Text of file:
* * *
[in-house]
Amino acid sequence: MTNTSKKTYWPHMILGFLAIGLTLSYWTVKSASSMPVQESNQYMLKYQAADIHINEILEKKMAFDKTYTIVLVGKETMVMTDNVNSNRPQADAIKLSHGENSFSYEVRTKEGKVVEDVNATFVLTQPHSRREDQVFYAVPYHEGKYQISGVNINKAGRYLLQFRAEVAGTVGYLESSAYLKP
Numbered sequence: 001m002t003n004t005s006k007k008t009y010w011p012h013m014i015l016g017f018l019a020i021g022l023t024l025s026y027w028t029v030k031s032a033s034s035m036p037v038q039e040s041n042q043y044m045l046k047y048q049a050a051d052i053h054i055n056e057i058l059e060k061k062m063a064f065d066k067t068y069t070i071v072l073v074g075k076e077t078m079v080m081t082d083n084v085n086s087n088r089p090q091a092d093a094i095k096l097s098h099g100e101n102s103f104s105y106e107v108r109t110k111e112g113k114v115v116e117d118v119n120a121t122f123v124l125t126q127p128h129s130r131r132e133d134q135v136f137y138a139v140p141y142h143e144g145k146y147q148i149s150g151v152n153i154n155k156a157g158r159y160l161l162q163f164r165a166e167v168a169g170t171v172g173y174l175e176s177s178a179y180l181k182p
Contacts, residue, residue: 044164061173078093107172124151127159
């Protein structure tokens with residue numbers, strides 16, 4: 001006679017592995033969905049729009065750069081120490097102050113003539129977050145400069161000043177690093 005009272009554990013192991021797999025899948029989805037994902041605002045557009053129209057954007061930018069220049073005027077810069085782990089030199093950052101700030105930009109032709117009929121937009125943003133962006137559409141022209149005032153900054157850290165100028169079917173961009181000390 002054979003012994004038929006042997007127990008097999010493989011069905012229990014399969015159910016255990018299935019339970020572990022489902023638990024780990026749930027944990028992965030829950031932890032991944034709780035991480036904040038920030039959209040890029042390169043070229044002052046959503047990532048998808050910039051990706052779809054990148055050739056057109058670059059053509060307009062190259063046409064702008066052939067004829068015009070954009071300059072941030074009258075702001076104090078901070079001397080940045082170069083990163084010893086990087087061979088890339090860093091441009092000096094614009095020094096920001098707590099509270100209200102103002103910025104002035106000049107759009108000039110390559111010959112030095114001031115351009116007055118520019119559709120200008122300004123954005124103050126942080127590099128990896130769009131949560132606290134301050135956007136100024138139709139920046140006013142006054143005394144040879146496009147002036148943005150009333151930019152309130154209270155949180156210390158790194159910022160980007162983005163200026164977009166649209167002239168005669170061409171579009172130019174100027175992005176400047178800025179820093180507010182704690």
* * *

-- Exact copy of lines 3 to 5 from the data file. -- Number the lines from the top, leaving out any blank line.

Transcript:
Numbered sequence: 001m002t003n004t005s006k007k008t009y010w011p012h013m014i015l016g017f018l019a020i021g022l023t024l025s026y027w028t029v030k031s032a033s034s035m036p037v038q039e040s041n042q043y044m045l046k047y048q049a050a051d052i053h054i055n056e057i058l059e060k061k062m063a064f065d066k067t068y069t070i071v072l073v074g075k076e077t078m079v080m081t082d083n084v085n086s087n088r089p090q091a092d093a094i095k096l097s098h099g100e101n102s103f104s105y106e107v108r109t110k111e112g113k114v115v116e117d118v119n120a121t122f123v124l125t126q127p128h129s130r131r132e133d134q135v136f137y138a139v140p141y142h143e144g145k146y147q148i149s150g151v152n153i154n155k156a157g158r159y160l161l162q163f164r165a166e167v168a169g170t171v172g173y174l175e176s177s178a179y180l181k182p
Contacts, residue, residue: 044164061173078093107172124151127159
């Protein structure tokens with residue numbers, strides 16, 4: 001006679017592995033969905049729009065750069081120490097102050113003539129977050145400069161000043177690093 005009272009554990013192991021797999025899948029989805037994902041605002045557009053129209057954007061930018069220049073005027077810069085782990089030199093950052101700030105930009109032709117009929121937009125943003133962006137559409141022209149005032153900054157850290165100028169079917173961009181000390 002054979003012994004038929006042997007127990008097999010493989011069905012229990014399969015159910016255990018299935019339970020572990022489902023638990024780990026749930027944990028992965030829950031932890032991944034709780035991480036904040038920030039959209040890029042390169043070229044002052046959503047990532048998808050910039051990706052779809054990148055050739056057109058670059059053509060307009062190259063046409064702008066052939067004829068015009070954009071300059072941030074009258075702001076104090078901070079001397080940045082170069083990163084010893086990087087061979088890339090860093091441009092000096094614009095020094096920001098707590099509270100209200102103002103910025104002035106000049107759009108000039110390559111010959112030095114001031115351009116007055118520019119559709120200008122300004123954005124103050126942080127590099128990896130769009131949560132606290134301050135956007136100024138139709139920046140006013142006054143005394144040879146496009147002036148943005150009333151930019152309130154209270155949180156210390158790194159910022160980007162983005163200026164977009166649209167002239168005669170061409171579009172130019174100027175992005176400047178800025179820093180507010182704690």